The program, now in its second of four defined years, is part of the Race to the Top Initiative, the $4.3 billion education-reform plan funded by the U.S. Department of Education.

Rhode Island received a $75 million Race to the Top grant in August 2010 and is using the funds statewide, including for the beginning-teacher program.

“We have never had induction in our state. We want to make sure that our … teachers begin their career as a professional educator in a positive, high-quality way,” said Deborah Gist, R.I. Department of Education commissioner. “Our [teachers] graduate from preparation programs typically into isolation. They’re in a classroom, the door is closed, and they’re left to figure things out themselves. … A coach is someone who can be with them and provide ongoing feedback and support.”

The department said the expected expenditure for the induction program from the Race to the Top grant will be $7.26 million over four years, which works out, Gist said, to about $6,500 per beginning teacher.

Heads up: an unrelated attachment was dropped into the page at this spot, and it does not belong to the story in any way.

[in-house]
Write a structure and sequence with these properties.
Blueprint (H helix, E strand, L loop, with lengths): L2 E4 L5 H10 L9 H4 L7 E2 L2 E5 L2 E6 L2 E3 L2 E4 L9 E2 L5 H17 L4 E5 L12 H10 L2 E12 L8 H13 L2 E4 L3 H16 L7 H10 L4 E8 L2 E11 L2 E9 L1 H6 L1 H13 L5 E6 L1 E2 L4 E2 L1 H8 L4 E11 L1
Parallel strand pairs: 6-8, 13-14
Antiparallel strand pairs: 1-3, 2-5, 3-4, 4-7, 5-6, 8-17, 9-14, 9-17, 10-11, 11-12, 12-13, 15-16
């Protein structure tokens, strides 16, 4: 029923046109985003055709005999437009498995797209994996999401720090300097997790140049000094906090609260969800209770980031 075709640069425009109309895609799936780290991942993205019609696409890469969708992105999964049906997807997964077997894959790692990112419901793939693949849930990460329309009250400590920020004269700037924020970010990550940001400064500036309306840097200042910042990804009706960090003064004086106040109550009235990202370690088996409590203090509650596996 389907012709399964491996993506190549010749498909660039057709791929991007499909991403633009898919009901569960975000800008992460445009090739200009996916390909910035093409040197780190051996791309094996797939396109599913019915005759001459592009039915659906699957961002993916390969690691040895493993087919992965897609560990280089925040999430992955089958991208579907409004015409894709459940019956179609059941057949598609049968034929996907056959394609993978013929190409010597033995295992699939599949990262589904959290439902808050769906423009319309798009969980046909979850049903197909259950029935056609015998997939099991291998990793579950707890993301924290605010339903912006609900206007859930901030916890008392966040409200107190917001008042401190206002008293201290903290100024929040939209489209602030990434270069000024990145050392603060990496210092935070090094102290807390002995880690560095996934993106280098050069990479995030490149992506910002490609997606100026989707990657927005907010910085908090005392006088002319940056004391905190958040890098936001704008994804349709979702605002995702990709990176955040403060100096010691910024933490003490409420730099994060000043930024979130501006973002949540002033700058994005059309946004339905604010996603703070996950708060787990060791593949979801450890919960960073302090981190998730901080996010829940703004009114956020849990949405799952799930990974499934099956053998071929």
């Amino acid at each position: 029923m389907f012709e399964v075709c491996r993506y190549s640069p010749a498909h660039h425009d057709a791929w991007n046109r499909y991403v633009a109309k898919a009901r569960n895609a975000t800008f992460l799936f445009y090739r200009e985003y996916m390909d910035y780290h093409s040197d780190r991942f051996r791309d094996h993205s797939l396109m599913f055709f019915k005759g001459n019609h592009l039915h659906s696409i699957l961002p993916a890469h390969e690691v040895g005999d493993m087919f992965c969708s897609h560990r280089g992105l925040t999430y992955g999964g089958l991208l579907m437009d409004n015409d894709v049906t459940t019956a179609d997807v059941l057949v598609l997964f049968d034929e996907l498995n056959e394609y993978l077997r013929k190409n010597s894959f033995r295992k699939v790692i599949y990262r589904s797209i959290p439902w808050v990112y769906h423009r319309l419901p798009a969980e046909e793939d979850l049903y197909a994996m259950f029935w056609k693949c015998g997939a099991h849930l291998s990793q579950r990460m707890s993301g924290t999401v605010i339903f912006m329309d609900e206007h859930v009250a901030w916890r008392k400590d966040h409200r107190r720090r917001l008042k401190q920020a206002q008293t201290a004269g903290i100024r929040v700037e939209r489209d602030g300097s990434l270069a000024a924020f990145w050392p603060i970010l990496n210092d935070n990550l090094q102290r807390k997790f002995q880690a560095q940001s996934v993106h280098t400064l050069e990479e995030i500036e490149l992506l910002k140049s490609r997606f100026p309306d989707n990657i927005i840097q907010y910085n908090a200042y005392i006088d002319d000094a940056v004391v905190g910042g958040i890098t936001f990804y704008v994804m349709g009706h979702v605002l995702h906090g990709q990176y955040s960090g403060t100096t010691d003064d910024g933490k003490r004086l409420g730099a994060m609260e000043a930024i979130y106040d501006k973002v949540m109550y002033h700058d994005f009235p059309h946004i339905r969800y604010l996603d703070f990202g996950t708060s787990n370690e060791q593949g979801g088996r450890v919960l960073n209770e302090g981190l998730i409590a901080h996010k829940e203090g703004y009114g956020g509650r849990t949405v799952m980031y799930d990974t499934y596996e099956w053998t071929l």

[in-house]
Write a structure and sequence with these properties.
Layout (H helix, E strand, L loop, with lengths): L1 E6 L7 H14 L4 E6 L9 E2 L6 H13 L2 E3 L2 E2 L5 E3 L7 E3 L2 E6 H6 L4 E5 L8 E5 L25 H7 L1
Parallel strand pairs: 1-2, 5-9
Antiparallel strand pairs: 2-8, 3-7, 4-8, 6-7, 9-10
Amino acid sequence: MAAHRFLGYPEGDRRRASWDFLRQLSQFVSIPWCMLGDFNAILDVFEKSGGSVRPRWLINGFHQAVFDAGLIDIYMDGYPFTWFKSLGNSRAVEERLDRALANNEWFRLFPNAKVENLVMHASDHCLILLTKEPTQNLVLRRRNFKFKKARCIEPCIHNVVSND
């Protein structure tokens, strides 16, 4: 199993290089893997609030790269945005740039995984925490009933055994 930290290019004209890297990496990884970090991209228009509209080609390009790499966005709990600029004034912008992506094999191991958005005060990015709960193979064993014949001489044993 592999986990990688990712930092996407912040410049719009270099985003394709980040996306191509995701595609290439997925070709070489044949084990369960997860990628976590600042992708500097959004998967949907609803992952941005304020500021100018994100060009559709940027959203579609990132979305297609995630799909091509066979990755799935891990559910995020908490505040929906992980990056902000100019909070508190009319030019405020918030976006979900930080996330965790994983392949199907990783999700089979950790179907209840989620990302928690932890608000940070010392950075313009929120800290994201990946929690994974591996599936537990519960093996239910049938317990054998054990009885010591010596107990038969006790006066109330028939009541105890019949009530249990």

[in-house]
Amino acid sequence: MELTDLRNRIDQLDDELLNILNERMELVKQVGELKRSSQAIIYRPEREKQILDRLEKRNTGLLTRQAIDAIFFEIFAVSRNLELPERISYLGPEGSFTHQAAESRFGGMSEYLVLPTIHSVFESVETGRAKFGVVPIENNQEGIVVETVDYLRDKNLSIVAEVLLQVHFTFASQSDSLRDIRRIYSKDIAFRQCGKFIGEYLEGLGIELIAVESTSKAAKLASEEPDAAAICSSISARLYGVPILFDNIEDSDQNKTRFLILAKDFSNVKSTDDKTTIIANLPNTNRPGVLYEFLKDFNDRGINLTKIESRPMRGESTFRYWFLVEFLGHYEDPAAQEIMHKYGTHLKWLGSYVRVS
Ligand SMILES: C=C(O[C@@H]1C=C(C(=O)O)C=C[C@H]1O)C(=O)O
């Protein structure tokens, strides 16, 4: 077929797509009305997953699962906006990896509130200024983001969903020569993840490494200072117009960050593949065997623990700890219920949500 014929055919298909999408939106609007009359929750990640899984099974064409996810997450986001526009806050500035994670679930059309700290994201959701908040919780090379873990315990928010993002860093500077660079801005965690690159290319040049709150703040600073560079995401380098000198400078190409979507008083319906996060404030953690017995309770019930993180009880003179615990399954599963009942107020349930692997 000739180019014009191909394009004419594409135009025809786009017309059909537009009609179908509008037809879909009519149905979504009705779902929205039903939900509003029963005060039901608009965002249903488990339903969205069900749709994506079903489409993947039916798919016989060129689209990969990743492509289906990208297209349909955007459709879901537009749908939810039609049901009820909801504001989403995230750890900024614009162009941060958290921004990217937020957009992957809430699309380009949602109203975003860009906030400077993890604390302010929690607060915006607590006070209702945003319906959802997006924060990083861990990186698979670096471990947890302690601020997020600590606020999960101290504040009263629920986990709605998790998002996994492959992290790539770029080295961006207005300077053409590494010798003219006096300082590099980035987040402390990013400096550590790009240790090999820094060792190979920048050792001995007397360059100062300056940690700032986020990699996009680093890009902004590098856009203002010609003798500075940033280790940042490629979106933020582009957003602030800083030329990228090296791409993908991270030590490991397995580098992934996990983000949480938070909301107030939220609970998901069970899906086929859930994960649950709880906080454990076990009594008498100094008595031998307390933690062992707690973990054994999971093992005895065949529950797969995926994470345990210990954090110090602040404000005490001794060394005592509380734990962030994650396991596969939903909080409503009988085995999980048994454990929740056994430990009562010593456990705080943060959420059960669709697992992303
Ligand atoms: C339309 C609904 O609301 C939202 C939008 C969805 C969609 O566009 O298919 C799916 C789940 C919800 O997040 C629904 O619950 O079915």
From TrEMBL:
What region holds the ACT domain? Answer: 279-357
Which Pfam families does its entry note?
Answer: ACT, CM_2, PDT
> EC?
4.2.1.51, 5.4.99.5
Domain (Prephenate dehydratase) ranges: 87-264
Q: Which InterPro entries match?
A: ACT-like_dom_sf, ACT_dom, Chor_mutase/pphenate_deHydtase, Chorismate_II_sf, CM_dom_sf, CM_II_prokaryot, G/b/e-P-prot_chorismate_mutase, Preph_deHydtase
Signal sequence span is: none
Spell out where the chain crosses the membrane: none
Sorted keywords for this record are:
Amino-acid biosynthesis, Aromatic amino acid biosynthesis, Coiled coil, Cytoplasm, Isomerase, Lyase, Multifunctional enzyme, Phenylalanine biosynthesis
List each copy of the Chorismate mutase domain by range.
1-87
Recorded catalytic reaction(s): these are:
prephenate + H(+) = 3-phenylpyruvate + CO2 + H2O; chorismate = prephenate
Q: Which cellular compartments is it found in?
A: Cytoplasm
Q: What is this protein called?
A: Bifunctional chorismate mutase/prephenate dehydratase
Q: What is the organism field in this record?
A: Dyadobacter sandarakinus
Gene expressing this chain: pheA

In its first year, the program cost $1.7 million with 262 beginning teachers and 17 induction coaches, all Rhode Island educators who are taking a leave of absence from their regular teaching post.

For the 2012-2013 academic year, there are 412 beginning teachers.

Beginning teachers, who are in the induction program for two years, are those who have never opened or closed a school year with their own class, those who are a part of the New Teacher Project or Teach For America, those who are a second-two teacher within one of the state’s core urban districts, including Providence, Central Falls and Pawtucket, or those who were hired past the deadline for identifying as a beginning teacher in the previous year.